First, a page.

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PCAOB Makeover Projects: Estimates and Fair Value Measurements

3 minute read
July 31, 2017

The Public Company Accounting Oversight Board (PCAOB) is currently soliciting public feedback on the need for changes to auditing standards on the use of accounting estimates and fair value measurements. The preliminary effort may lead to a universal standard for issues that have grown more complex in recent years and been the subject of several amendments to U.S. Generally Accepted Accounting Principles (GAAP). 

Estimates and fair value measurements create uncertainty

Accounting estimates may be based on subjective or objective information (or both) and involve some level of measurement uncertainty. Some estimates may be easily determinable, but many are inherently subjective or complex. Examples of accounting estimates include allowances for doubtful accounts, impairments of long-lived assets and valuations of financial and nonfinancial assets.

Fair value measurements are another type of accounting estimate. Under GAAP, a fair value measurement represents “the price that would be received to sell an asset or paid to transfer a liability in an orderly transaction between market participants at the measurement date.” 

Accounting estimates and fair value measurements involve a high degree of subjectivity and judgment and may be more susceptible to misstatement. Therefore, they require more auditor focus. 

Auditing standards generally provide three approaches for substantively testing accounting estimates and fair value measurements. When performing an audit, the auditor selects one or a combination of these approaches:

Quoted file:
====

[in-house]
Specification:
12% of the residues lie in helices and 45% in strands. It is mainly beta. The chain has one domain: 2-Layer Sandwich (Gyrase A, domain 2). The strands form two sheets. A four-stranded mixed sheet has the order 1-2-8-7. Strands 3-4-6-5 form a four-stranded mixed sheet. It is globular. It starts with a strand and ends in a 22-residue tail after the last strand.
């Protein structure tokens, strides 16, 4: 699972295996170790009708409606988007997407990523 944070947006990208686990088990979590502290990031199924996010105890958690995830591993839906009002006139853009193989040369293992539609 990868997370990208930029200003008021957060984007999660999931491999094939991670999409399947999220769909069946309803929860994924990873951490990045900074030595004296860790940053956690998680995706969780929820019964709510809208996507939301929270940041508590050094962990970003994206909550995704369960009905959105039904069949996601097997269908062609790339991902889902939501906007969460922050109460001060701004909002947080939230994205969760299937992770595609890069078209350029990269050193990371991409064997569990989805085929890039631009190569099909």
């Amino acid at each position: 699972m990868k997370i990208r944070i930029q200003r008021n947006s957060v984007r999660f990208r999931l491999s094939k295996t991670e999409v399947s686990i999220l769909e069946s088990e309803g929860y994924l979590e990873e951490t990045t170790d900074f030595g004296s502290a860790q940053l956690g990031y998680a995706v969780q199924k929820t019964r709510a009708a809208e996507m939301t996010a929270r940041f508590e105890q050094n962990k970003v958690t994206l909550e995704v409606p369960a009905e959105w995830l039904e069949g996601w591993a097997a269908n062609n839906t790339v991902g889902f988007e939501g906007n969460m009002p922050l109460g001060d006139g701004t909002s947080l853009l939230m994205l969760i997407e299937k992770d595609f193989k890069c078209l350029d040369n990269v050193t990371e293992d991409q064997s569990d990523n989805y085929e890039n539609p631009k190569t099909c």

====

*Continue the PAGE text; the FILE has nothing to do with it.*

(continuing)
Test management’s process. Auditors evaluate the reasonableness and consistency of management’s assumptions, as well as test whether the underlying data is complete, accurate and relevant.

Develop an independent estimate. Using management’s assumptions (or alternate assumptions), auditors come up with an estimate to compare to what’s reported on the internally prepared financial statements.

Review subsequent events or transactions. The reasonableness of estimates can be gauged by looking at events or transactions that happen after the balance sheet date but before the date of the auditor’s report.

Regulators seek public input

PCAOB Chairman James Doty recently said, “Accounting estimates and fair value measurements can be subjective and complex, yet they can be an important part of a company’s financial statements and critical to investors’ decision-making.” Accounting regulators have had these complex issues on the agenda for a number of years, because they’ve proven challenging to auditors, leading to significant audit deficiencies by firms of all sizes. Auditors often blame these deficiencies on inconsistencies in the existing auditing standards.

In August, the PCAOB Standing Advisory Group (SAG) published a staff consultation paper as part of its outreach efforts to seek input related to the need for changes to auditing standards for accounting estimates and fair value measurements.

Currently, a number of auditing standards address how auditors consider accounting estimates, fair value measurements, derivatives and investments in securities. While the staff continues to analyze a number of alternatives, it’s considering developing a single auditing standard to replace the following standards:

A potential new standard would strive to promote greater consistency and effectiveness in application and be better aligned with the risk assessment standards.

PCAOB wants your input

Public company and foreign audit regulators have identified auditing requirements related to the use of accounting estimates and fair value measurements as areas of continued concern. The PCAOB wants your feedback on its staff consultation paper by November 3. Public input could eventually lead to a single, consistent auditing standard that simplifies and strengthens current auditing practices.

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